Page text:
Randomized controlled trial of illness management and recovery in multiple-unit supportive housing.
ABSTRACT This study evaluated the effects of the illness management and recovery program on mental illness and functional outcomes of persons with serious mental illness who were receiving supportive housing services.
A randomized controlled trial was conducted with 104 persons with serious mental illness who were assigned either to illness management classes for six months or to a waitlist control group, with follow-up assessments conducted six months posttreatment. Assessments included self-reports, nonblinded clinical ratings, and blinded interview ratings and included the domains of illness management, symptoms, psychosocial functioning, hospitalizations, and substance abuse and dependence.
Participants assigned to the program showed significantly greater improvements than the control group in self-reported and clinician ratings of illness management, interview-based ratings of symptoms on the Brief Psychiatric Rating Scale, and interview-based ratings of psychosocial functioning on the abbreviated Quality of Life Scale. Participants in both groups improved in self-ratings of symptom distress and had low rates of hospitalization and substance abuse over the course of the study.
The results suggest that the program was effective at improving illness management and functional outcomes for persons with serious mental illness who were receiving supportive housing services.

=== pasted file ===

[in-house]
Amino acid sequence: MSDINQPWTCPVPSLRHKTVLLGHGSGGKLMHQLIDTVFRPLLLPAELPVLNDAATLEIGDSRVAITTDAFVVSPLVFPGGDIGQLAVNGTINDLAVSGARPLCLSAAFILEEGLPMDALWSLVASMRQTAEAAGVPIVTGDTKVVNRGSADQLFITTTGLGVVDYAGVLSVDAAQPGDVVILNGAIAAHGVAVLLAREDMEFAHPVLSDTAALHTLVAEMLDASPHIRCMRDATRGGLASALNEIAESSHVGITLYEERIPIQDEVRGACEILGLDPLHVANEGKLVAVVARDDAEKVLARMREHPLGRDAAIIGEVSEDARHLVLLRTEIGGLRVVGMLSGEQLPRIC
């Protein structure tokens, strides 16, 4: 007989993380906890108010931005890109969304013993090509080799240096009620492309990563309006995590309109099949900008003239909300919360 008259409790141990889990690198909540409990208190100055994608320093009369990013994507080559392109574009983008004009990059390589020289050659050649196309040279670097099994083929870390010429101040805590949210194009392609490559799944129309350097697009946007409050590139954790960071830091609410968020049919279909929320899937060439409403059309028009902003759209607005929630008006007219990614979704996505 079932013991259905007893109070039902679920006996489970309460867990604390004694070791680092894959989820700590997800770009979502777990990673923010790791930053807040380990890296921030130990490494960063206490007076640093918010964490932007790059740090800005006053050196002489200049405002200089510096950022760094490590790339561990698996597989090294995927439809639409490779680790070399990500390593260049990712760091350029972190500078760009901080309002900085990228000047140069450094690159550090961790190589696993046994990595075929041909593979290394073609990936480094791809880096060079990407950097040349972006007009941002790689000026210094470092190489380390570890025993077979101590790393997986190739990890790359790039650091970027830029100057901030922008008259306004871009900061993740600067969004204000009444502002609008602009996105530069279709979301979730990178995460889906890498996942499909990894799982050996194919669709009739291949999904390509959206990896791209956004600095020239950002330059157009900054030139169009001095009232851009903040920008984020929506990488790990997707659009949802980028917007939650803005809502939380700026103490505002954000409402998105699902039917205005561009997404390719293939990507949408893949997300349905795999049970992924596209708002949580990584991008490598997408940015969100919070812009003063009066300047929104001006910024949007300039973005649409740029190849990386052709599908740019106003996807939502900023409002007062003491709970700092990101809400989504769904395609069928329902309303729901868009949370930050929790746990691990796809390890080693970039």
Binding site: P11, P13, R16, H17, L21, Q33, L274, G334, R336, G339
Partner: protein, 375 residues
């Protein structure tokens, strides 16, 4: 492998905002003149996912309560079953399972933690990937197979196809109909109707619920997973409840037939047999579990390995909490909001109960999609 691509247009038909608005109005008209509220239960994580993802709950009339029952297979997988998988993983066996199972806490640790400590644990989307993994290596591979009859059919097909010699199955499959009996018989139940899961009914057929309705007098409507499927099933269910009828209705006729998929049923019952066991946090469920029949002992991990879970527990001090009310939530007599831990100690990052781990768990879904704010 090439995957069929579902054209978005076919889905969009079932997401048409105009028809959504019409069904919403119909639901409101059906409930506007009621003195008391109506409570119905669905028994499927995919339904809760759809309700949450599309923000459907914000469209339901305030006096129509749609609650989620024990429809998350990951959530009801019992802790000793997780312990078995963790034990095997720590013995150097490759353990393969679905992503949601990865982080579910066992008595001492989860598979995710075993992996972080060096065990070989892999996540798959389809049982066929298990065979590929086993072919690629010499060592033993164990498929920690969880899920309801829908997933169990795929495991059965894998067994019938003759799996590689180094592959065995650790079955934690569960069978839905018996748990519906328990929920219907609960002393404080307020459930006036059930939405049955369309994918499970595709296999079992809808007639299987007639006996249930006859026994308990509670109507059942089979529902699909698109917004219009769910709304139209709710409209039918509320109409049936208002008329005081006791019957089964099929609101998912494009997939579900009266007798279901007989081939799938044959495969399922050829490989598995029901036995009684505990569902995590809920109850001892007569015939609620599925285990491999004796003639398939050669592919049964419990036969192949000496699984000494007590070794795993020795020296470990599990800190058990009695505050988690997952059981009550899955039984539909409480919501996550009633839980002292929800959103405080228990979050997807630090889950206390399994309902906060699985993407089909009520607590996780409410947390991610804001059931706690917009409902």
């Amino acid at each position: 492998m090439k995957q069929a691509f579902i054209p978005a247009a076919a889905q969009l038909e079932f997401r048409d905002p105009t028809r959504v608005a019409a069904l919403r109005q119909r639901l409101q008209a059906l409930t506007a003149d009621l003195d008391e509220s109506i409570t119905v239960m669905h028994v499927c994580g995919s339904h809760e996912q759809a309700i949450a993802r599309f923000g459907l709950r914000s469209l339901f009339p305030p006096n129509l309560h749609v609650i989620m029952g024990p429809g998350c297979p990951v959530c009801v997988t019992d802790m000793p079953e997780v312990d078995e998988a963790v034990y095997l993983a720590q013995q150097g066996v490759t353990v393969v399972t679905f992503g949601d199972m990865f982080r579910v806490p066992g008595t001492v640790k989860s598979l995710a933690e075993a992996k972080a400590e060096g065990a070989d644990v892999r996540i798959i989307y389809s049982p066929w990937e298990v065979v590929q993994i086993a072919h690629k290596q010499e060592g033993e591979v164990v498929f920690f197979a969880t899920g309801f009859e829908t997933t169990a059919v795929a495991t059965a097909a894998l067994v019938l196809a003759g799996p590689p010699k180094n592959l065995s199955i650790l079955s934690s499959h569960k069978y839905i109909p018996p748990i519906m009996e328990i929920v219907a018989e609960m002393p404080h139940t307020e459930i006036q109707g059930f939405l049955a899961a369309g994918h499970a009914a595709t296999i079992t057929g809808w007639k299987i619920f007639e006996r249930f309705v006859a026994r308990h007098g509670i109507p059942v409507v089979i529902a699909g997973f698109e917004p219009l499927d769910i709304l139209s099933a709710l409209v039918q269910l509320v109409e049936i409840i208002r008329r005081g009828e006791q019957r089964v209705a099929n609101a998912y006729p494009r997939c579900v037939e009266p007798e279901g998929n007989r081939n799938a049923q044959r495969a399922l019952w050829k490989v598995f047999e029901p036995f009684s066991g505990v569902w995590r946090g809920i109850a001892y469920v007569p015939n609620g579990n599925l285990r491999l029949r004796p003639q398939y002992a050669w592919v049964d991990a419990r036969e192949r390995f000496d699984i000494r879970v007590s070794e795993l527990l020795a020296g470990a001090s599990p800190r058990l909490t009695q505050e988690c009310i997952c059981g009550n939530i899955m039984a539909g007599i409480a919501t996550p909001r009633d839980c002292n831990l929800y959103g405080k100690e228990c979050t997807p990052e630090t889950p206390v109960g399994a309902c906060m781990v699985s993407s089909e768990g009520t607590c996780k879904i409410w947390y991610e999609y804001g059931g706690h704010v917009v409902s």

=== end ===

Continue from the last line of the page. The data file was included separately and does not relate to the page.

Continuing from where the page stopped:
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ABSTRACT: Objective: Most research on the Illness Management and Recovery (IMR) program for people with severe mental illnesses has focused on individuals with stable symptoms living in the community, with less attention to persons being treated in an inpatient setting. We evaluated the feasibility and effects of an IMR program adapted for individuals with schizophrenia who were awaiting discharge into the community. Method: A randomized controlled trial was conducted at 2 hospitals in Taiwan to compare the adapted IMR program with treatment as usual (TAU). Ninety-seven individuals with schizophrenia were randomized to the adapted IMR program or TAU. Four outcome indicators including illness-management knowledge, attitudes toward medication, insight, and symptoms were assessed at baseline, posttreatment, and at a 1-month follow-up following discharge from the hospital. Results: Participants in the adapted IMR group showed significantly greater improvements at posttreatment and 1-month follow-up in illness-management knowledge, attitudes toward medication, insight, and negative symptoms on the Brief Psychiatric Rating Scale (BPRS) than individuals in the TAU group. There were no significant differences between the 2 groups on other subscales of the BPRS. Conclusions and Implications for Practice: This is the first controlled evaluation of a version of the IMR program in an East Asian culture, and the first to evaluate it in an acute care inpatient setting. Our findings support the feasibility and potential benefits of implementing an adapted IMR program, focused on the prevention of relapses and rehospitalizations, during the discharge period of an inpatient treatment stay to prepare individuals to reenter the community. (PsycINFO Database Record (c) 2013 APA, all rights reserved).Psychiatric Rehabilitation Journal 12/2013; 36(4):243-9. DOI:10.1037/prj0000013 · 0.75 Impact Factor